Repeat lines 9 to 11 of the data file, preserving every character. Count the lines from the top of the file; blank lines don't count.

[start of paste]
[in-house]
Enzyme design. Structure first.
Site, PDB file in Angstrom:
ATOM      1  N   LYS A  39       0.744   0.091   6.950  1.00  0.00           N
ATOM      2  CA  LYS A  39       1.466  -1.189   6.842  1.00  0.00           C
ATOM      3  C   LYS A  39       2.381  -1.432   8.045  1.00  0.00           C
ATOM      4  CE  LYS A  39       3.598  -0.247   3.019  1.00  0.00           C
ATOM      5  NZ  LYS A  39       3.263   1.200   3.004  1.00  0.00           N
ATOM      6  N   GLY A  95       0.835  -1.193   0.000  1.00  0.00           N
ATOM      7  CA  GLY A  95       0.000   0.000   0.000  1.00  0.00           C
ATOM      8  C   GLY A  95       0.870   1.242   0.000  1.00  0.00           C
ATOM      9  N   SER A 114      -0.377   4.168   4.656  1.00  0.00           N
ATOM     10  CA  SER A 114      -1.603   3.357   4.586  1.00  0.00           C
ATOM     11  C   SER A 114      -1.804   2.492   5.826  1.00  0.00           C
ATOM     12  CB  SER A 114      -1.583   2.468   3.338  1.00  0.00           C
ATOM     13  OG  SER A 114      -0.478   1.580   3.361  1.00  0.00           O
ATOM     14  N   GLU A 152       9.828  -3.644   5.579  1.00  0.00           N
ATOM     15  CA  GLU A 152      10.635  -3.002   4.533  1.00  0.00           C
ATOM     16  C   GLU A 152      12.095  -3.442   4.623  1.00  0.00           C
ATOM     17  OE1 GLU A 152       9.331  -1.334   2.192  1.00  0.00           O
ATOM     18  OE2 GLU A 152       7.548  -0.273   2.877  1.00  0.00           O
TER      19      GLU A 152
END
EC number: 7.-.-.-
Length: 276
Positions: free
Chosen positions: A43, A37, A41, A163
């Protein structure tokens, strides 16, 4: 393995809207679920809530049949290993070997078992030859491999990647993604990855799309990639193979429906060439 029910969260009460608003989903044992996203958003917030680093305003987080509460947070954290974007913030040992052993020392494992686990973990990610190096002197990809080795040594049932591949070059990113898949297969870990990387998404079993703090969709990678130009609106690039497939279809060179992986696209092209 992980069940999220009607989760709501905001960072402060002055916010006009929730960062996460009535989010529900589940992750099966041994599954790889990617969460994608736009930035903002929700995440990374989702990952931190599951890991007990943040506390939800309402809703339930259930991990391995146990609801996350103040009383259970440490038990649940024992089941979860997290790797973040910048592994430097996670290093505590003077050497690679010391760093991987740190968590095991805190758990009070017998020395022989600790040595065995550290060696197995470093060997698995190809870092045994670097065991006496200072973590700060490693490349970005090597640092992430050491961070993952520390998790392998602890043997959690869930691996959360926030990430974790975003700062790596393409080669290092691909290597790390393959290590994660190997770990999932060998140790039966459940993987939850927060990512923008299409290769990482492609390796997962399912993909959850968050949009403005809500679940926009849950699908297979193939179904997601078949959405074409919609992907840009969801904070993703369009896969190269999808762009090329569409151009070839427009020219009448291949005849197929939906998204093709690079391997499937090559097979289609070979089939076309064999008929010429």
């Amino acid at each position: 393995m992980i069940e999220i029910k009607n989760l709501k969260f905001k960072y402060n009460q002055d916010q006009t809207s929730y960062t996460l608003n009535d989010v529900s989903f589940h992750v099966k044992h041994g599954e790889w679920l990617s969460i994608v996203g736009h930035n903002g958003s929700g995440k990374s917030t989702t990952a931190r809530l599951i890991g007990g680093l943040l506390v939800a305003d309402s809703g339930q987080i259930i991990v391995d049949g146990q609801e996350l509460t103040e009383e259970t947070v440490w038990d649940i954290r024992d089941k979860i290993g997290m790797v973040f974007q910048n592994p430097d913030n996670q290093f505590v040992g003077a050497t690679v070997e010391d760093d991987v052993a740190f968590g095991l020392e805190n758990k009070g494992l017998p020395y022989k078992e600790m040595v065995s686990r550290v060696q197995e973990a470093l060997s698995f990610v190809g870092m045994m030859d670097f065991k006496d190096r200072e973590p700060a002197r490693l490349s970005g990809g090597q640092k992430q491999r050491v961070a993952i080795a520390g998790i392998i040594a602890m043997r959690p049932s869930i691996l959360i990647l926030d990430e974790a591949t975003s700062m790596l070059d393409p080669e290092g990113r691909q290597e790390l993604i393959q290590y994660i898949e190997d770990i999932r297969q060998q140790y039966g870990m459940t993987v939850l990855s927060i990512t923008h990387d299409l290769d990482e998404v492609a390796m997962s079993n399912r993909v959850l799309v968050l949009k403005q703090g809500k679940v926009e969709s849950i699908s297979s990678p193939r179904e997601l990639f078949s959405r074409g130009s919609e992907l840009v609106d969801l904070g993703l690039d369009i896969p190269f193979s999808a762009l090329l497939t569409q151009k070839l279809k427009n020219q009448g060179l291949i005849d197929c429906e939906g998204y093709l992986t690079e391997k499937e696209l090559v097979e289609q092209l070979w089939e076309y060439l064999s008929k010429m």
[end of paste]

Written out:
ATOM      6  N   GLY A  95       0.835  -1.193   0.000  1.00  0.00           N
ATOM      7  CA  GLY A  95       0.000   0.000   0.000  1.00  0.00           C
ATOM      8  C   GLY A  95       0.870   1.242   0.000  1.00  0.00           C